Best thing is to really do your research, or hire someone that has been referred to you.
    Here was a guest post on a similar topic on a blog I found..

  4. It sounds like the adjudicators on the Lanflord and Tenant Board are a chosen bunch of socialist leaning types who use every in-house provided escape loophole to side with tenants in general against those evil profit-seeking landlords.

    Apparently Harry saw the light (from the inside) and became an advocate for the bureaucratically oppressed offerors of placees to live, as business ventures no less. What scumbags!

    'You' apply the term to whichever side 'you' emotionally side against.

    Then reexamine the reality of the situation, rationally, without pre set, learned beliefs about who does what for the betterment of society, whether it be profit driven individuals or of the levelling nature bureaucrats, and see if you can decipher the other side of the coin's benefits.

    If there are no privately supplied rentals in this province/country, then the state must provide same, and we know what a boondoggle that results in.

    "Professional Renters' learn their 'abuse-of-the-system' craft therein by the learned skillful manipulation of the bureaucracy that runs the boondoggle.

    They then apply the same techniques to private rentals knowing that the adjudicators will likely find in their favours upon claiming whatever they can scour up out of the regs. in support of their abusive ulterior motives (living for free!). That's why they are called "Professional Renters".

    Way to go Harry!



  5. Great article!

    Mr. Fine should put together a course outline and submit it to TREB if he hasn’t already. There are far too many REALTORS even landlords and tenants who don’t know the RTA and unfortunately this is one area where incorrect statements are repeated so often they're literally taken as fact.

    Listings are rife with RTA violations – requirements for post dated cheques, no pets, key deposits and even specific types of tenants such as single, female only. None of which should even be allowed on MLS < TREB are you reading?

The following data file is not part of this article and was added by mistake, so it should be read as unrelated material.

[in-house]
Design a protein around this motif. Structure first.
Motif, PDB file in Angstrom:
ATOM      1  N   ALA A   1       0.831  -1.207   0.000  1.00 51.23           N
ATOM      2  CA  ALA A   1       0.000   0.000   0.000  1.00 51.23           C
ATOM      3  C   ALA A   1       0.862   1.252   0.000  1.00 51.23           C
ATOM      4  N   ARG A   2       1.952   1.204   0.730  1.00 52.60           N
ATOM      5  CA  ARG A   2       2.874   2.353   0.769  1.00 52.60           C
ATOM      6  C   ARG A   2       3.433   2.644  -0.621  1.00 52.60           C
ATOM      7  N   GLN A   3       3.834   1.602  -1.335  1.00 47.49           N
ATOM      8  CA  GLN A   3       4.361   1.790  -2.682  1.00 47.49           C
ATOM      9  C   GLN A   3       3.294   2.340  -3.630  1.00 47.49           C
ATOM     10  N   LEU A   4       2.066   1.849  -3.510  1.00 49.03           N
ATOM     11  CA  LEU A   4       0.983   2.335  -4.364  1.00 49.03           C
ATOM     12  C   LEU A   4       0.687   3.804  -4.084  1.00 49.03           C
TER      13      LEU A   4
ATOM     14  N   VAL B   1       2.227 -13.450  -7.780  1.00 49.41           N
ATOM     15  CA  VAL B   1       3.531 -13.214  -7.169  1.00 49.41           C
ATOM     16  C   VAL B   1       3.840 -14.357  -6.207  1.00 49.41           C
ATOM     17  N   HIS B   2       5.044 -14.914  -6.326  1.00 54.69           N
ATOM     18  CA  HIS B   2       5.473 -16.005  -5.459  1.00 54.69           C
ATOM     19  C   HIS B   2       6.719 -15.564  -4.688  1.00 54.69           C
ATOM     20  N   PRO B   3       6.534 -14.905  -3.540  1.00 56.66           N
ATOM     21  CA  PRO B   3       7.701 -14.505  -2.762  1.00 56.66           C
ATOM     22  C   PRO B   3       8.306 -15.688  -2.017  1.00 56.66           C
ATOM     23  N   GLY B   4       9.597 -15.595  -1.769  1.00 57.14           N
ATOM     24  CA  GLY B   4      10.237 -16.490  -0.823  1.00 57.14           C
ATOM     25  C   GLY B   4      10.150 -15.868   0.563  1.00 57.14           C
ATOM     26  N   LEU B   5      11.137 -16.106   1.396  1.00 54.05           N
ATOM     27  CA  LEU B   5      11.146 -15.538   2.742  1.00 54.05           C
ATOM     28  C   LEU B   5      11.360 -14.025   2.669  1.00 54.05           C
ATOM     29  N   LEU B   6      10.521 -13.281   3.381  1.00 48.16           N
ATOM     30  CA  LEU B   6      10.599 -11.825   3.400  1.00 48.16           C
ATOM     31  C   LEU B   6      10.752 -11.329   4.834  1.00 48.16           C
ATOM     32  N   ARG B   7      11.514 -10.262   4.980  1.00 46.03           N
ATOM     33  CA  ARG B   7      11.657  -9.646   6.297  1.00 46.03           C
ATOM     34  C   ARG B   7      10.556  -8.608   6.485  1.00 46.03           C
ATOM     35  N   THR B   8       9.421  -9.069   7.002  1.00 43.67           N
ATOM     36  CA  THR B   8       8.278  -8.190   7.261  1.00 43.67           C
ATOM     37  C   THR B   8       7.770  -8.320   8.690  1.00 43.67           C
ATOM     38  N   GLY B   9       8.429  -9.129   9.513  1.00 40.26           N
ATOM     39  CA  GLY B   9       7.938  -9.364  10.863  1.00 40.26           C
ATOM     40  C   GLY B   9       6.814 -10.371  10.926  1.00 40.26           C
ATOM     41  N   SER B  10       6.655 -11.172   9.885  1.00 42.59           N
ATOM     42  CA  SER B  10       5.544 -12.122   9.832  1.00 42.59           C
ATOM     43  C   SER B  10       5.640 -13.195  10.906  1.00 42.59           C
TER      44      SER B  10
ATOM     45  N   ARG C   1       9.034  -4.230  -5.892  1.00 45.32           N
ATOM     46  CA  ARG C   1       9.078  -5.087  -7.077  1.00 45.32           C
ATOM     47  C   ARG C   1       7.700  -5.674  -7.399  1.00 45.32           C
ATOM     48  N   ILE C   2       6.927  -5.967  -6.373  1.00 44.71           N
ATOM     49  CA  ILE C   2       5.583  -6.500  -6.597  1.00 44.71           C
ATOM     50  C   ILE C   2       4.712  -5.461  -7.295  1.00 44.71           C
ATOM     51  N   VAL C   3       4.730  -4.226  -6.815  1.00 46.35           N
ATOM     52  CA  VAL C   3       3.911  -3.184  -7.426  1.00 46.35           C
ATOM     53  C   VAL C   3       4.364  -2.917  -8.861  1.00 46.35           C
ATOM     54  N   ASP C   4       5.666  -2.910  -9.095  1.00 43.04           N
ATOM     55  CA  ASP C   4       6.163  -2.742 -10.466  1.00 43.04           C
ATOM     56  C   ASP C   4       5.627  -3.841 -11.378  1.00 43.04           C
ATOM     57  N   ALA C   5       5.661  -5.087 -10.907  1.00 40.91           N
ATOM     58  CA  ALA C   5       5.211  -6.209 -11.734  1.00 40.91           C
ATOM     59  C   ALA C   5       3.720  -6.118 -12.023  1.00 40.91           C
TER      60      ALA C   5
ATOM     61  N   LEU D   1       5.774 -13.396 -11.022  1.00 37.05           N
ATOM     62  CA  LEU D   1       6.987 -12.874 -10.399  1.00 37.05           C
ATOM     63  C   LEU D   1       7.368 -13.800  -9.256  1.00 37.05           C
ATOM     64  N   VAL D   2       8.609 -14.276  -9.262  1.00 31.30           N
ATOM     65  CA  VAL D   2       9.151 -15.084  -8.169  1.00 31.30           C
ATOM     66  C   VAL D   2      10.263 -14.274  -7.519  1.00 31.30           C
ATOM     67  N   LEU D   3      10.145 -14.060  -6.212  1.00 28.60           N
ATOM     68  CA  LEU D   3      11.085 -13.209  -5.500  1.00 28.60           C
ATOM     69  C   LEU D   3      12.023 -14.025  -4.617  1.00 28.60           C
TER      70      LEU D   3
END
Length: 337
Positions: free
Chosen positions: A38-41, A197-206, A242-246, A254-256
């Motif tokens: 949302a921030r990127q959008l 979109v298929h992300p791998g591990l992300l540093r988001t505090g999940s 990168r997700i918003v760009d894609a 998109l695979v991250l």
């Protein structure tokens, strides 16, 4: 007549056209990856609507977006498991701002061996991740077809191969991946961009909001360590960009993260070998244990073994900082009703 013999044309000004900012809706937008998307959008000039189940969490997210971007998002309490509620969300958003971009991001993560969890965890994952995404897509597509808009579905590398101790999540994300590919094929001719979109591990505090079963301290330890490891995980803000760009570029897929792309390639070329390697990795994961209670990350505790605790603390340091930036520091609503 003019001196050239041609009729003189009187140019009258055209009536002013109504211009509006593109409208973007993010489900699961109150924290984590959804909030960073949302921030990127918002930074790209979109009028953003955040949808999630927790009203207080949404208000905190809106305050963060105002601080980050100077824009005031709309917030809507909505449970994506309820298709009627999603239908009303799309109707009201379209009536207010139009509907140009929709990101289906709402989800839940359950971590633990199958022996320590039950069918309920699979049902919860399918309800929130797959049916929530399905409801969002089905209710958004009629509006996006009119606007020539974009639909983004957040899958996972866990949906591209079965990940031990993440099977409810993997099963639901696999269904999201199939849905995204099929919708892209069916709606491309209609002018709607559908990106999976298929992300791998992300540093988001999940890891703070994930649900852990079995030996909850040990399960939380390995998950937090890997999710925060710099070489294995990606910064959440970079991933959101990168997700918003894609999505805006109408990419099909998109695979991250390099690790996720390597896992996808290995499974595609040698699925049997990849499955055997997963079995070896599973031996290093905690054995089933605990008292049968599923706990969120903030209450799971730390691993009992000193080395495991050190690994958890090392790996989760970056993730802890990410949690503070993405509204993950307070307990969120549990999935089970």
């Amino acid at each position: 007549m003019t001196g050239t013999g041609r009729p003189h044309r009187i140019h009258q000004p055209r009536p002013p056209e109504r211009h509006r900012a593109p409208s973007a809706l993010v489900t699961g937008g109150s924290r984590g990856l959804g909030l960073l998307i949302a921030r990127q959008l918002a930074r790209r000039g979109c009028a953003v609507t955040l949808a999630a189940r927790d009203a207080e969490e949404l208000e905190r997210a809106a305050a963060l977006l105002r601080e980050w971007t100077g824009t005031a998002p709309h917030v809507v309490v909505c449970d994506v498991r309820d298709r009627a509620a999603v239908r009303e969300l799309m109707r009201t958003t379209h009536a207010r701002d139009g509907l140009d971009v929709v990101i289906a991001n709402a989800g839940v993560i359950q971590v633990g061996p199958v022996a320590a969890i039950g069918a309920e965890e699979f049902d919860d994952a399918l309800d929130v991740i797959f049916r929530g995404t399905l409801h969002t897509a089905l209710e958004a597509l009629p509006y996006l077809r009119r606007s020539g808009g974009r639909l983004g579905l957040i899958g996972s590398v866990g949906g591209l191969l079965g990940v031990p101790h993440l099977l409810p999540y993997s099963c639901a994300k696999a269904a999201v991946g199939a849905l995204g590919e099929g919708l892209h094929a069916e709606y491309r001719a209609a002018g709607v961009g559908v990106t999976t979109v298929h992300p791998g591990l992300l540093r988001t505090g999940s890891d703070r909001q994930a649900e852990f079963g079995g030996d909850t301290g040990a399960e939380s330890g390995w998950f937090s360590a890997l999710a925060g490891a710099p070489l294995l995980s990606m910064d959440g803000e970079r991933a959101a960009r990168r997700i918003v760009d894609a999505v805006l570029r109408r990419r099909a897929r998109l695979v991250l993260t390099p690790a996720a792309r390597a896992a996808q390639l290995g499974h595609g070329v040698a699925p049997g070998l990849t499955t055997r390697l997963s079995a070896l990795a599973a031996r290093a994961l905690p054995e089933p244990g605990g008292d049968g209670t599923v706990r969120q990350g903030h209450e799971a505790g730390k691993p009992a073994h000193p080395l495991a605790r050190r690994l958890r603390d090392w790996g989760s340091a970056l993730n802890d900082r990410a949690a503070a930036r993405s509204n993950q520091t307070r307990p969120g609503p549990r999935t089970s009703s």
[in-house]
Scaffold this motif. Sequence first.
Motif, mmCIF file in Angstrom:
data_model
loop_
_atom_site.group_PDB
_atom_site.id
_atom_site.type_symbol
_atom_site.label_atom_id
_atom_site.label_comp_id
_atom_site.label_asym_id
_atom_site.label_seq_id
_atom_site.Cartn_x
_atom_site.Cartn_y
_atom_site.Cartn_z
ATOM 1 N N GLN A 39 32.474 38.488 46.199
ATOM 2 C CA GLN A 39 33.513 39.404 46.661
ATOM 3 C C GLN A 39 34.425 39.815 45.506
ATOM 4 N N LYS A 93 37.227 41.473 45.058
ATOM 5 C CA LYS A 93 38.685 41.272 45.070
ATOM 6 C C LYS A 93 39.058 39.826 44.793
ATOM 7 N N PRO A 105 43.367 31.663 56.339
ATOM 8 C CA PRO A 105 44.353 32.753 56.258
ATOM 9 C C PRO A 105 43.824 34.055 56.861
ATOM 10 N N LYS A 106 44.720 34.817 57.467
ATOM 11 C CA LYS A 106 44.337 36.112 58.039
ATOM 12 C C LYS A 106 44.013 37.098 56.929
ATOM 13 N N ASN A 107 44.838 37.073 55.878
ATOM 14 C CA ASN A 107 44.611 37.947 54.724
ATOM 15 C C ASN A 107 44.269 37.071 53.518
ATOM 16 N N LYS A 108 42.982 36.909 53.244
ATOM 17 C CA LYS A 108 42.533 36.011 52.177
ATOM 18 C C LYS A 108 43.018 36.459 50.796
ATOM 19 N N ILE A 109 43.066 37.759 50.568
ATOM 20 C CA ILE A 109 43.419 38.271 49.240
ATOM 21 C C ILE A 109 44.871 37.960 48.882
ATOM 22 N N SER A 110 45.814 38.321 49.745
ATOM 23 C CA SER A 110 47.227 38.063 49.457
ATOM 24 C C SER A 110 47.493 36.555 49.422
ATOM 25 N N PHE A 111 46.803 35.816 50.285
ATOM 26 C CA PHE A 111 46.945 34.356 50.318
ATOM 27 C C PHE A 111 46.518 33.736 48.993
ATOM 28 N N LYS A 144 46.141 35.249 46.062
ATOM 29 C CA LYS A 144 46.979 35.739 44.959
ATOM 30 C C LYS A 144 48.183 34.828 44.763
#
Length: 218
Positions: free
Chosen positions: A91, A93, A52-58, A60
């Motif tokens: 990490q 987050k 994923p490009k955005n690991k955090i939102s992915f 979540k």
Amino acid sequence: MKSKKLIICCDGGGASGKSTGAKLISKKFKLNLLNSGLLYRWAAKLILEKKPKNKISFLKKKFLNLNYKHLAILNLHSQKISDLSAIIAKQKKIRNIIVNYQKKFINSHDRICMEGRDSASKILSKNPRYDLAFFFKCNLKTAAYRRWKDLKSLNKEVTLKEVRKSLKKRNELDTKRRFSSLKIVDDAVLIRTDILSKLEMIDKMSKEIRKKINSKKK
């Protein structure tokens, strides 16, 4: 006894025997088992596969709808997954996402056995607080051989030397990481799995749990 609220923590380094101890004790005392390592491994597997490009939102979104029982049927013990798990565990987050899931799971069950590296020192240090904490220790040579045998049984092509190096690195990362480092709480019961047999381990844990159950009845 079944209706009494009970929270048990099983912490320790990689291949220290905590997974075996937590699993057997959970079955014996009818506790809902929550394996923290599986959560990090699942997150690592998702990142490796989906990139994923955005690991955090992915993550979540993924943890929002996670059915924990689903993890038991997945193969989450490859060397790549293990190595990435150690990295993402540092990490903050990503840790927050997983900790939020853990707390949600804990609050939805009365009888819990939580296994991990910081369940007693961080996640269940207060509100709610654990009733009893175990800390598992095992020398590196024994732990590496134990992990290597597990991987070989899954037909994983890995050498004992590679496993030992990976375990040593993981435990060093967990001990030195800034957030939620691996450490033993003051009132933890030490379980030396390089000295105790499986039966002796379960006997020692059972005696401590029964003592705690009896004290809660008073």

Many REALTORS seem to have an aversion to clauses, they liken their inclusion to newbies trying to impress their clients, yet they’re the ones quite willing to submit an offer deferring lease terms and conditions to the landlord’s lease which they don’t even ask for or conversely take offense when the offer states the terms, or is subject to review of their client's lease agreement. Throw in a rent increase limitation clause if the property was built post June ‘98 and they’ll ask if you had nothing better to do than waste paper and their time because ‘everyone knows rents can’t be increased above the posted rate.’

    Then there are those who argue vehemently that a seller need only give 60 days notice to the tenants even when they know the lease’s expiration is well beyond that, usually trying to bolster their case with, ‘well that’s how I’ve always done it.’

  6. Every written argreement, no matter how well it is written is subject to some form of peril once lawyers come into the picture.

  7. The OREA form is just an "Offer to Lease", not a Lease. It should always be followed up with a formal lease that addresses the landlord and tenant's rights and obligations.

    • As I stated in my previous post, no matter how well the lanlords and tenants rights and obligations are addressed, there will always be some lawyer out there who will find some fault with it.